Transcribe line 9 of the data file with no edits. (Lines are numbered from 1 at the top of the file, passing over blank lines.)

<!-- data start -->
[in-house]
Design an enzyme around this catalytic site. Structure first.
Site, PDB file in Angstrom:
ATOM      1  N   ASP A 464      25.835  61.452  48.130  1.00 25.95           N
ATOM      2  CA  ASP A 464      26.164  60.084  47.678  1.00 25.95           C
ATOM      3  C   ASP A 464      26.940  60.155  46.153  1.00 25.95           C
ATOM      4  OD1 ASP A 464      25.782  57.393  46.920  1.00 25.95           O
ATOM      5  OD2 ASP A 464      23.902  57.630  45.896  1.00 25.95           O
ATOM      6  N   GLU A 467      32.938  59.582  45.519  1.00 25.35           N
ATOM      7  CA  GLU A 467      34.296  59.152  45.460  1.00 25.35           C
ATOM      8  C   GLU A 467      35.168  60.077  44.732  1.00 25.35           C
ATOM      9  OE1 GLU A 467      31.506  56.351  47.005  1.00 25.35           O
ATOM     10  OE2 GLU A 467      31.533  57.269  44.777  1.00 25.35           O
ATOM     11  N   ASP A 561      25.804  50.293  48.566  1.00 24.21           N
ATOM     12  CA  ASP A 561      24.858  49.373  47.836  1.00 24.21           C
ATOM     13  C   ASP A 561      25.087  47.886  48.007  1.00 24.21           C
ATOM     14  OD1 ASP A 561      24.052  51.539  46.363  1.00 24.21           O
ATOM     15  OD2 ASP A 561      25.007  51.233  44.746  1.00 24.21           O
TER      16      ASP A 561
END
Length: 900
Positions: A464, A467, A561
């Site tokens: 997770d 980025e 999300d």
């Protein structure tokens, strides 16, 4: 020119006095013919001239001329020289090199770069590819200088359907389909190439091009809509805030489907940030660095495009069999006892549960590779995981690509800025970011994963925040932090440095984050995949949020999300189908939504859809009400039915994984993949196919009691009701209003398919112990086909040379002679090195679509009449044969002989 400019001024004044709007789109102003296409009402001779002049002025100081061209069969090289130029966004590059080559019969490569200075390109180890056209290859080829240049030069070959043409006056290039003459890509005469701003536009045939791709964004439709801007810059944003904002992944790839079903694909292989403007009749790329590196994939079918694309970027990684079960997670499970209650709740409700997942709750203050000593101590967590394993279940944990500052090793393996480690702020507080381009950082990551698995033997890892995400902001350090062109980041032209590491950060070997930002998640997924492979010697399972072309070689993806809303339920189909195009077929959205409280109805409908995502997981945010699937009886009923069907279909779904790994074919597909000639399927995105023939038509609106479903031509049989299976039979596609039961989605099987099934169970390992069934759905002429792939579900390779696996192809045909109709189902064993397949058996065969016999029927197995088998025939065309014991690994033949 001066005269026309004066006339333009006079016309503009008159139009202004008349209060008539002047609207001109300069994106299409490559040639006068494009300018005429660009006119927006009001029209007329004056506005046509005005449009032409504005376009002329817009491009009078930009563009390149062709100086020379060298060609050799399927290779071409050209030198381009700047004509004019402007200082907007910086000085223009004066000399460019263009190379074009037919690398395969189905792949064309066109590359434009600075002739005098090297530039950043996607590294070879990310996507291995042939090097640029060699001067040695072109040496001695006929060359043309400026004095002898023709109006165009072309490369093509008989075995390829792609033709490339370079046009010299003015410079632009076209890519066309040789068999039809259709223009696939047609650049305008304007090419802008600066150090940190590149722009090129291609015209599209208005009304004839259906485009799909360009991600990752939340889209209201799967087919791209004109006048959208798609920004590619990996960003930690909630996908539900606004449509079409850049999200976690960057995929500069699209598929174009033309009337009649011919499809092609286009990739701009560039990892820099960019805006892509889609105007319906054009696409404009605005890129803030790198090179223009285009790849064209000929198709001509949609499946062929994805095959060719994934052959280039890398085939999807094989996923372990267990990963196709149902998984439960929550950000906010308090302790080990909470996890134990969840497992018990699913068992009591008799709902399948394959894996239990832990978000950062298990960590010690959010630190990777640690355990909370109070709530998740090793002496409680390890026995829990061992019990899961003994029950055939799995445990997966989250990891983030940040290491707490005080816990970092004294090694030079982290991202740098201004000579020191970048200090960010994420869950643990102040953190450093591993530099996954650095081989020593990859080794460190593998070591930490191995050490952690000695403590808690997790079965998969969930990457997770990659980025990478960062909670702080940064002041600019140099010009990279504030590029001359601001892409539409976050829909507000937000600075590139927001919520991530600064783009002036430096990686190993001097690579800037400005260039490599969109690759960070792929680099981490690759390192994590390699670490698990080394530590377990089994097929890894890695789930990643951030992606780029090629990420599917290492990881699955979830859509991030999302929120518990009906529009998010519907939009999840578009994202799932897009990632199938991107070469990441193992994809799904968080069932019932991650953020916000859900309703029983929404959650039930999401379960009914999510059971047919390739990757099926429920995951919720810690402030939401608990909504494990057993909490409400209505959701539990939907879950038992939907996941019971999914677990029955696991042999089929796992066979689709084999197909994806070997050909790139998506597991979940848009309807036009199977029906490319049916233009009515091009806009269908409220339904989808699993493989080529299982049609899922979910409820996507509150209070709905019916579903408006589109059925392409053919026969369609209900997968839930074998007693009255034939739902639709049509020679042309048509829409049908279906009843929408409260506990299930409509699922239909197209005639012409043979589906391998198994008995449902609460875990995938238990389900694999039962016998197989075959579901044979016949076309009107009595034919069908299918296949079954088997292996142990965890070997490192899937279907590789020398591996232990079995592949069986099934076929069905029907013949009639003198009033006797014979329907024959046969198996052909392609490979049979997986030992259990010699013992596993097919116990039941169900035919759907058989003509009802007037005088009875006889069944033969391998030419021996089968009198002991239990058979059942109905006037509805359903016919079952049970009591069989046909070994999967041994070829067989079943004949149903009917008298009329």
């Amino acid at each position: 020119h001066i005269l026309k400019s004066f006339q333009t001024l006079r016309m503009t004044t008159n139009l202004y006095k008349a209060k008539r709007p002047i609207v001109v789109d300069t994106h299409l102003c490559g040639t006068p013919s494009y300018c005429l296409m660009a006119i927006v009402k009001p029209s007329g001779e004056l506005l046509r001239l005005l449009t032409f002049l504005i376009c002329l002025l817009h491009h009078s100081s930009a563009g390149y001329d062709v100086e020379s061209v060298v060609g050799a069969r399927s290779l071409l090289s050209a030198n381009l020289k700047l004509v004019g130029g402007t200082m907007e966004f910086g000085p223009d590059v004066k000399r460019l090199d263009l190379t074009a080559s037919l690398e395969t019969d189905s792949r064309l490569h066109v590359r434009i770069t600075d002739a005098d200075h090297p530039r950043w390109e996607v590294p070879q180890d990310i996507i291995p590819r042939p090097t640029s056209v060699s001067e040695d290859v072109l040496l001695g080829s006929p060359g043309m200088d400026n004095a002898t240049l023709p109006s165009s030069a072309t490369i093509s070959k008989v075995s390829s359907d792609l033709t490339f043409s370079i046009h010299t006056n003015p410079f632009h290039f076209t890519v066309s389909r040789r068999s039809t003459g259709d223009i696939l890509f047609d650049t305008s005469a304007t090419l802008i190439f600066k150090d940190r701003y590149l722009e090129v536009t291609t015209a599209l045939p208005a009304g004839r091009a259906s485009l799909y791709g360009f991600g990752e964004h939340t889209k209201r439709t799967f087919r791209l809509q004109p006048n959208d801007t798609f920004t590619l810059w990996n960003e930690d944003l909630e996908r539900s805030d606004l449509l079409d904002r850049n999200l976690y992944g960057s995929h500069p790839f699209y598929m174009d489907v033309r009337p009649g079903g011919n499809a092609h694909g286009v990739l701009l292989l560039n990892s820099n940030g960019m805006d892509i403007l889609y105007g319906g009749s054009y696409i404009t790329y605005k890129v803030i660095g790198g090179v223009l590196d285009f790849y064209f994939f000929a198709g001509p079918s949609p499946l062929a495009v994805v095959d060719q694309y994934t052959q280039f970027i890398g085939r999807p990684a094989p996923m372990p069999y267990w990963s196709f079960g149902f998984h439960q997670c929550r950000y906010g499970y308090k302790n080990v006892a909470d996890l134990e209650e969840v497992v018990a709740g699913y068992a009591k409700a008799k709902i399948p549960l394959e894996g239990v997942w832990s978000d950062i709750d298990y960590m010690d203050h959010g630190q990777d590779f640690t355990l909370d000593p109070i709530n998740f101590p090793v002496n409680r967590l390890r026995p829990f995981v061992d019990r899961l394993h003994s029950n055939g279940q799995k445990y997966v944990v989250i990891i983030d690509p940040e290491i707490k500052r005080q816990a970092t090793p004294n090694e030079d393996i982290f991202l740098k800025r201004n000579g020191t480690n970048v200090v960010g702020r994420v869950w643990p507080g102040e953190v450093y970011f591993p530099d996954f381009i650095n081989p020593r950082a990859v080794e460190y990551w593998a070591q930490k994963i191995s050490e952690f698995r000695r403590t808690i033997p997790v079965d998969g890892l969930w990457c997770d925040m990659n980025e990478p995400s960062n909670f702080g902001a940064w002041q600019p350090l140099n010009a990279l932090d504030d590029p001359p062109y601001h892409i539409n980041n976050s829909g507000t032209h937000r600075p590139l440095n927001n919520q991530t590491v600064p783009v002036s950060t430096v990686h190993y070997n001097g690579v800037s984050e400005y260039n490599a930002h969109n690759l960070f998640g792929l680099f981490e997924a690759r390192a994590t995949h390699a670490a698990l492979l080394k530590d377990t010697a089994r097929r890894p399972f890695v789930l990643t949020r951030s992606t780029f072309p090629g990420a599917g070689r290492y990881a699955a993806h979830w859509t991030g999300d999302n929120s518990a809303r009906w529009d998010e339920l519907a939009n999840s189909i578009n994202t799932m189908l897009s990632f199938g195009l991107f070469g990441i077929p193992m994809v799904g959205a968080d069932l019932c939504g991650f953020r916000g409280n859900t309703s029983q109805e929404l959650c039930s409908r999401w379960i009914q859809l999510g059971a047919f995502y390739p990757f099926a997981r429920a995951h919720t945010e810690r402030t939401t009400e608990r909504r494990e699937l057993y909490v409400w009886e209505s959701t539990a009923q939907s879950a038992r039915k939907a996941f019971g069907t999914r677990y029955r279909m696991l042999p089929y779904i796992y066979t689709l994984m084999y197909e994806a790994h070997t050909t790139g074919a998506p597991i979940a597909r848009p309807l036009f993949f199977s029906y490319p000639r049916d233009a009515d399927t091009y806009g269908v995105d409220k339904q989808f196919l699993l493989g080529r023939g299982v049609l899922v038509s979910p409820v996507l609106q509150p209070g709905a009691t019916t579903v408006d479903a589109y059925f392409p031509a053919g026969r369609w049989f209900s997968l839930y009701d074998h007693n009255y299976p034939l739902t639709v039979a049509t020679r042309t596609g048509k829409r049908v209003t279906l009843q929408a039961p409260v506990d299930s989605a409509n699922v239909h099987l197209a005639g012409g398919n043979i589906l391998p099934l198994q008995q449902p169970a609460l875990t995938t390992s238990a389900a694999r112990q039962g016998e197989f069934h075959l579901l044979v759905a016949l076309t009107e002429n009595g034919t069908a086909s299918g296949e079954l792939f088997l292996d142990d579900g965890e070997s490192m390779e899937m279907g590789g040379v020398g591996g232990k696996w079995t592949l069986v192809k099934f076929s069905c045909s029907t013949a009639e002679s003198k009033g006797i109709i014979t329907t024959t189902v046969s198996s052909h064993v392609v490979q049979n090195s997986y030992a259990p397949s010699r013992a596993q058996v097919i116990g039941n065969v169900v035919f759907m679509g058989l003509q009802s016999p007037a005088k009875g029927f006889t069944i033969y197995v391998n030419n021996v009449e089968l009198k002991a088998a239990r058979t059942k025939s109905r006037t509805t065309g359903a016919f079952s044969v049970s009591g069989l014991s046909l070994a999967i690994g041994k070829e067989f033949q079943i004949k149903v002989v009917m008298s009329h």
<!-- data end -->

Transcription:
ATOM      6  N   GLU A 467      32.938  59.582  45.519  1.00 25.35           N